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A carer is anyone who cares unpaid, for a friend or family member who due to illness, disability, a mental health problem or an addiction cannot cope without their support.

According to the 2011 Census there are over 17,500 carers in Portsmouth, and according to Carers UK, a 30% turnover – which means 5,500 Portsmouth residents take on caring responsibilities every year.

It is important for carers to be referred to The Carers Centre as soon as possible, as it allows us to support them in their journey and caring role, and delay in receiving support may cause possible crisis situation.

Early support allows carers to stay in employment and prevents financial difficulties. Very often carers minimise impact caring has on their life and wellbeing – they may not be coping as well as it may seem. Emotional support, carers breaks and peer support have positive effect on carers’ mental health.

Research proves that early carer support minimises financial impact on services and user reliance on health and social care.

Carer Aware e-Learning

Portsmouth City Council Carers Service, Solent NHS Trust and Portsmouth University Hospitals have worked collaboratively to develop this e-learning to provide a consistent approach across health and social care and third Sector services to promote early identification, assessment and support of carers and their families.  The Carer Aware e-learning aims to provide a clear understanding of the circumstances and challenges facing carers, and to ensure health and social care services provide good pathways to support.

Access the Carer Aware e-Learning here:


If the cared for person lives PO1-PO6 (carer may live beyond the boundary) please contact Portsmouth Carers Centre.

At Portsmouth Carers Centre, we will start with a conversation to understand carer’s situation and help them to work out what type of support might help. Carers often find it useful to get information and advice, support to have a break or just to have a listening ear. Then if we have enough information we will complete a carers assessment and support plan.

There is no formal referral process.

At a carer’s request you, as a professional, may contact the Carers Centre on their behalf referring them by phone, email or in person. You need to provide us with the carer’s name and number to contact and ideally, the cared for person’s name and address. The Carers Centre staff will follow this up and contact the carer directly.

Young carers

Young carers are children and young people who often take on practical and/or emotional caring responsibilities that would normally be expected of an adult.

Young carers team is based at:

Somerstown Family Hub,
Omega Street,

You may contact them by phone on 023 9268 8499 or email

Young carers can be referred to the young carers team by the completion of the referral form available from Young Carers team. This can be done by professionals or parents.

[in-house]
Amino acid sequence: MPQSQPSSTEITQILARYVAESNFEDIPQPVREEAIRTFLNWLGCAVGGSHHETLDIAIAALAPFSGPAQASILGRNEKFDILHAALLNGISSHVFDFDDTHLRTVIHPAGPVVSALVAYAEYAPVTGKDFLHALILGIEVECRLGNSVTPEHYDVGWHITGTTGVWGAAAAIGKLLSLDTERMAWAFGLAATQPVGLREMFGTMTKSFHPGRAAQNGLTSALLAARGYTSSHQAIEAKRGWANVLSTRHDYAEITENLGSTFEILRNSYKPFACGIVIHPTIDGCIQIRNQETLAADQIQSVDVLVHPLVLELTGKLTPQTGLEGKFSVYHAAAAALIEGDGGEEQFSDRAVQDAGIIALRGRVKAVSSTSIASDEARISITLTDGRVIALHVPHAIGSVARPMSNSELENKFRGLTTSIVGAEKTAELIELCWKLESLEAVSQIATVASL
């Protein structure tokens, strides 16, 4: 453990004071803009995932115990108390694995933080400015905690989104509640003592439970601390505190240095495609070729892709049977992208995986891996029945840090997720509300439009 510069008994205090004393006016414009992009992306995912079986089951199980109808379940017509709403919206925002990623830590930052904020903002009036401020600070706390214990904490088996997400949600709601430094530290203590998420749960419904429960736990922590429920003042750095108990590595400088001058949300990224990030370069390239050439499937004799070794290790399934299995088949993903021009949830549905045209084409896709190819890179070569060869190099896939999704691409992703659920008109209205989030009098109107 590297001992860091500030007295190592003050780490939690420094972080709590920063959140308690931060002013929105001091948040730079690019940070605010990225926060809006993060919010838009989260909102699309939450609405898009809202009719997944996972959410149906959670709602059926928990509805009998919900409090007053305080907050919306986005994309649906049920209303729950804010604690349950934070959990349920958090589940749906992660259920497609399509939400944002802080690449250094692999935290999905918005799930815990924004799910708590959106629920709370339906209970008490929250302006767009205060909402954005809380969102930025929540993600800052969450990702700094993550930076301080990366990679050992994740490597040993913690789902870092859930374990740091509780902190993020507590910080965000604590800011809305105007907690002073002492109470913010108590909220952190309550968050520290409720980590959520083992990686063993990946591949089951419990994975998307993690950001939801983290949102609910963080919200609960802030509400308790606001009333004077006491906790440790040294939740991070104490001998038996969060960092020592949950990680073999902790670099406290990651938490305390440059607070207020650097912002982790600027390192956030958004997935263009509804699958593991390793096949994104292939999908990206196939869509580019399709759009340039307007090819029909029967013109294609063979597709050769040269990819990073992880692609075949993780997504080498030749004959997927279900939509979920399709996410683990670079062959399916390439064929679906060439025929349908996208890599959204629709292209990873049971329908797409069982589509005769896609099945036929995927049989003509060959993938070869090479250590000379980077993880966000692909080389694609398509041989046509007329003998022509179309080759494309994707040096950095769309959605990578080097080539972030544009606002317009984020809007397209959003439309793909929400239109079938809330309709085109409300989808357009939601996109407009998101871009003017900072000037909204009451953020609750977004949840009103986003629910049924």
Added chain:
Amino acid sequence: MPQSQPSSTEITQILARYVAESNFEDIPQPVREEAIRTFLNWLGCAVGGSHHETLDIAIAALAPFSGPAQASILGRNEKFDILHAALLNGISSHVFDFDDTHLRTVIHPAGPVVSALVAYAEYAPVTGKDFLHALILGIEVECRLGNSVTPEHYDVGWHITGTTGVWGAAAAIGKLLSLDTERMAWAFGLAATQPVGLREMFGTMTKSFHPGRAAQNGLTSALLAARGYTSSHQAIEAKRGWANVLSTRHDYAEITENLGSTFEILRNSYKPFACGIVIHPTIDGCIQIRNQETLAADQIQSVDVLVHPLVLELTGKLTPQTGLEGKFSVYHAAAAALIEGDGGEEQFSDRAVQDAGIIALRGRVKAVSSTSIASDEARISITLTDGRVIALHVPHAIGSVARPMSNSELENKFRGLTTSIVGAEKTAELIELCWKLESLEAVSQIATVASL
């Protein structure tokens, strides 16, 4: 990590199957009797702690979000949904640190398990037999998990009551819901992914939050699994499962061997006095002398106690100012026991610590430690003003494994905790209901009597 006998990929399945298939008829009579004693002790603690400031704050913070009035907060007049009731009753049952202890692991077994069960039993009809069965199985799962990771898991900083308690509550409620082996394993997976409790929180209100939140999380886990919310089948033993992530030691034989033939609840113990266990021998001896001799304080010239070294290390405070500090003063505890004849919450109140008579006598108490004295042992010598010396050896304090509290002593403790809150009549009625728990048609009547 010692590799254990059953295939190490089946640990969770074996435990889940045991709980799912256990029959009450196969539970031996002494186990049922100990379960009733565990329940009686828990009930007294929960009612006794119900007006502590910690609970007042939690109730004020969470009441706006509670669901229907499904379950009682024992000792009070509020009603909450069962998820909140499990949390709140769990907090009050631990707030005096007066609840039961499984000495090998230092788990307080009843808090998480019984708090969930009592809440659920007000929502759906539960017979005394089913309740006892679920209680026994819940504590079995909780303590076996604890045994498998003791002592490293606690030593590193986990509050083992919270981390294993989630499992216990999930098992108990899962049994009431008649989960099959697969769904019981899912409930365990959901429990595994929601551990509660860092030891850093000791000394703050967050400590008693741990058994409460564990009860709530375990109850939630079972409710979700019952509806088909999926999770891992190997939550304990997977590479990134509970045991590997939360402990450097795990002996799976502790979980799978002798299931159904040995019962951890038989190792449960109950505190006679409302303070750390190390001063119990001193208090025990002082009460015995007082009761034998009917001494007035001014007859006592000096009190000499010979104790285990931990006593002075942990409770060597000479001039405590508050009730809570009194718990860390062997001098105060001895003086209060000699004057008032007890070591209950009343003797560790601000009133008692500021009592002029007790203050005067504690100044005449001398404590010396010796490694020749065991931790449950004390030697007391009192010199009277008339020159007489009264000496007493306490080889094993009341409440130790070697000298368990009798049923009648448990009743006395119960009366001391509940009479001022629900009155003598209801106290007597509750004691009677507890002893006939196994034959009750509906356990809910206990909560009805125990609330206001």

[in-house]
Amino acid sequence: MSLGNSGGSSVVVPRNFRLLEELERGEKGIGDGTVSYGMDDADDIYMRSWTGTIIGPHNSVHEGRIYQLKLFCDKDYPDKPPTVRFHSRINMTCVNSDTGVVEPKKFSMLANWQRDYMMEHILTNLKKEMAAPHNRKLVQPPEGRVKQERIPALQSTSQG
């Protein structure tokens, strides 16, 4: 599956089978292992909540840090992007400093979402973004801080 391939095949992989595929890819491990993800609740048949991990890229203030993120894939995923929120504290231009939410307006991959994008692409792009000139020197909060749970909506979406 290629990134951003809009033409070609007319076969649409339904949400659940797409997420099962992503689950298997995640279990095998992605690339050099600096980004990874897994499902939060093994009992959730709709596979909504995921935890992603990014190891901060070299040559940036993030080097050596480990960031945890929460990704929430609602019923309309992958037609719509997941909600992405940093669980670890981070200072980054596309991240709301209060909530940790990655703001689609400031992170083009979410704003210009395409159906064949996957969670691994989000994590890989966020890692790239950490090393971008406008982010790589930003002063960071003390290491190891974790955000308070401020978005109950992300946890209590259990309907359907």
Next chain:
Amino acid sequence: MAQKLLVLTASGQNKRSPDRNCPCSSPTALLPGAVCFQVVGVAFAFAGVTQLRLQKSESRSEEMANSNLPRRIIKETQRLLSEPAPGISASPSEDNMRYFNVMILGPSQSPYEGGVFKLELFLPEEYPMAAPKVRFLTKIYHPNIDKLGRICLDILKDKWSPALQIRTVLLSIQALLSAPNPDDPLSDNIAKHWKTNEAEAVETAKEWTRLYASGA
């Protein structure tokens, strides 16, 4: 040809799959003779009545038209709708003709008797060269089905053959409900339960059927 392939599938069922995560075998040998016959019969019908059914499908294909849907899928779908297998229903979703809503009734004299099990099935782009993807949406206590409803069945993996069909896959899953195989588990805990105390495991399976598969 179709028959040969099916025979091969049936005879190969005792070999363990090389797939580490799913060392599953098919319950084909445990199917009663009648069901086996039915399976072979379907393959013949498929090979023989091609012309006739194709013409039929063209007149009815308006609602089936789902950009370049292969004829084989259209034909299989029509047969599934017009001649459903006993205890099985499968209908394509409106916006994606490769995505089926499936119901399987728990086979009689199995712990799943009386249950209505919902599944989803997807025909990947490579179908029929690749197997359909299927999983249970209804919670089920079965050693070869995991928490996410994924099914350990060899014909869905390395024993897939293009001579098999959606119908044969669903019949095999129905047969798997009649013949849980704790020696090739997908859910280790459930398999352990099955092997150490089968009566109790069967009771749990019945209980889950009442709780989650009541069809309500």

Young carers team offers weekly activities as well as half term and summer activities giving young people an opportunity to meet other young people in similar situation and have a break from caring.

Parent carers

Portsmouth Carers Centre supports parents of children with additional needs. The child does not have to have a formal diagnosis or educational plan for parent carers to be referred to the service.

Portsmouth has numerous agencies and charities which support parent carers. The Carers Centre works in partnership with those organisations who also offer emotional support, breaks, groups, information right to their specific needs.

The good place to start searching for services is Portsmouth Local Offer website where parent carers will find information on services available in Portsmouth area.

Sitting service

The sitting service is provided for carers who live with the person they care for. This may only be arranged in circumstances where the cared for person cannot be left safely alone due to their condition. We are able to provide up to six hours per week depending on circumstances.

Currently this is a free, non-means-tested service.

When care is shared among family members

All family members who have a caring role are entitled to a carers assessment and access the services provided for carers.

For example – several generations of a family may support an elderly person with dementia to live at home. The needs of the spouse will inevitably be different to the children and grandchildren, but the impact of caring may be felt across the entire family and we will support all those involved. Therefore it is crucial to be aware of all of those people.

If the cared for person moves to residential/nursing care or supported living the carer may still access the advice and support and attend carers groups, but cannot access any financial benefits such as the sitting service, breaks fund, cooking sessions or outings funded by the local authority.